Student teachers pioneer use of 'smartphones' in elementary schools
November 5, 2007
Twelve student teachers at Wake Forest University are pioneering the use of "smartphones,” pocket-sized devices that combine the features of a computer with the functions of a cell phone, in elementary school classrooms this fall.
The first of its kind in the country, the program puts the devices in the hands of student teachers to find out how they can be used to track the performance of students and improve the quality of teaching.
The mobile computing devices, nicknamed Mobis, provide an unobtrusive way to evaluate students during a lesson and find out which students may need some additional help, said Kristin Bennett, assistant professor of education at Wake Forest who is coordinating the program.
It is the same sort of information a teacher might gather on paper, but collecting it with the handheld device allows a teacher to easily record real-time observations and eliminate the need to later input the data into a computer.
“I have used my handheld in the classroom to write notes on reading levels during self-selected silent reading as I circulate around the classroom and whisper-conference with each child,” said Liz Nurmi, who is student teaching in a first-grade classroom at Clemmons Elementary.
"With the growing emphasis on formative assessment and data-driven instruction, we saw this device as an efficient, non-cumbersome data collection instrument,” Bennett said. “We are hoping the Mobis will allow the student teachers to analyze their instruction and student performance on a regular and timely basis.”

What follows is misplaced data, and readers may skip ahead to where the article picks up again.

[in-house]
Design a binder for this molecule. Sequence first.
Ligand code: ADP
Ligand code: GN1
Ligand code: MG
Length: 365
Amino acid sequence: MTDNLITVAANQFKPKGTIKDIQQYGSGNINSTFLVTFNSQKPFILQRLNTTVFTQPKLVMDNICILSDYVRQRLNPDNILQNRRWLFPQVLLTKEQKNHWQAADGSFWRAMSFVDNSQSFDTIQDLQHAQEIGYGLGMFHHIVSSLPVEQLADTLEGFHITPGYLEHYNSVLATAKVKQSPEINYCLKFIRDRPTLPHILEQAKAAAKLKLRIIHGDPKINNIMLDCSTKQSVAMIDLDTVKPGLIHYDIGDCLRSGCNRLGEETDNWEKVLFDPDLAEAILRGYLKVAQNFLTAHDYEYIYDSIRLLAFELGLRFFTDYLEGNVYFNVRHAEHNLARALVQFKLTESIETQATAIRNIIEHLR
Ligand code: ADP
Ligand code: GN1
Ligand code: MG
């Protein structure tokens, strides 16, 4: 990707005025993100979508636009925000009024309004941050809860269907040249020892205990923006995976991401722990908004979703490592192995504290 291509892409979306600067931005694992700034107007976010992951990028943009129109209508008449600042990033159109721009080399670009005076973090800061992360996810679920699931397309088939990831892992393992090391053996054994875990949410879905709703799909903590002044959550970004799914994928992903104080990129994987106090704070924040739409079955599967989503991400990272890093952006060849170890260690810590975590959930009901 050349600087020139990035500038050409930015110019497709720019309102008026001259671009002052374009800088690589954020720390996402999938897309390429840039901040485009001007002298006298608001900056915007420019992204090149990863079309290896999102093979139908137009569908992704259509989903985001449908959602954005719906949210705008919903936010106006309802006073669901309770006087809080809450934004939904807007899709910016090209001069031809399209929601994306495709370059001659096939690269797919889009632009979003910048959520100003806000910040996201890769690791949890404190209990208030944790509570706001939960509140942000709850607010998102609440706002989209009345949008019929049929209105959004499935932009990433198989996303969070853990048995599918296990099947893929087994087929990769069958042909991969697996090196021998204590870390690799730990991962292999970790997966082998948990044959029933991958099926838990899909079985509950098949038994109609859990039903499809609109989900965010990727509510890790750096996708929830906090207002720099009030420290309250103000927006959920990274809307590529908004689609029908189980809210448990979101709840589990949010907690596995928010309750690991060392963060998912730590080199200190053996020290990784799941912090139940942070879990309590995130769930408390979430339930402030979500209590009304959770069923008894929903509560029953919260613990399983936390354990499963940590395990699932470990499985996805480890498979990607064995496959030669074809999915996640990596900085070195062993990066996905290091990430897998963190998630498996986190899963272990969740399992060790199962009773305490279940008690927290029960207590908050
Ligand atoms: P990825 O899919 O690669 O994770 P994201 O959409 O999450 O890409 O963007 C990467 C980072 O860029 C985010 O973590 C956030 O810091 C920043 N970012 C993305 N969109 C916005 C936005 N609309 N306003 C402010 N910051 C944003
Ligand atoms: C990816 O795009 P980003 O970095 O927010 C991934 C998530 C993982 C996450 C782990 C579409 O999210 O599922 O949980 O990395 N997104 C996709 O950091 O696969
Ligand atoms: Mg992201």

Constant wireless Internet access for instructional purposes, e-mail access that allows communication with parents during the day, and access to an online shared calendar are features the student teachers also find helpful, Bennett said.
The student teachers can also use the devices to take photos of student work, make audio recordings of students reading and make video clips of class presentations. One student teacher has taken pictures of students in class and sent them directly to her e-mail account to include in her regular newsletter to parents.
For on-the-spot assessment of students, the student teachers use a software program developed by Wake Forest’s Information Systems department called DataInHand™ that allows them to make notes while they are moving around the classroom. One student teacher, Katelyn Hughson, is using the software to track how third-graders are doing in science. She has also evaluated her students’ learning styles and has that information stored in her Mobi so she can access the data and adjust instruction for different students in her classroom.
Some of the student teachers also use the Excel computer program on the handhelds to organize data and streamline various administrative tasks such as attendance and recording grades.
"I think the biggest benefit of having this technology in the classroom is the organization and efficiency of having your assessments and notes all right there,” Nurmi said.
In 2006, Bennett and Ann Cunningham, associate professor of education at Wake Forest, conducted a pilot study to test the usefulness of the devices. Using what they learned, they applied for a grant to equip all of this fall’s student teachers with
them. In addition to the device, which is powered by Windows Mobile, the grant covers the cost of student teachers’ voice and data plans.
The student teachers are placed in four Winston-Salem/Forsyth County elementary schools: Meadowlark, Clemmons, Vienna and Gibson.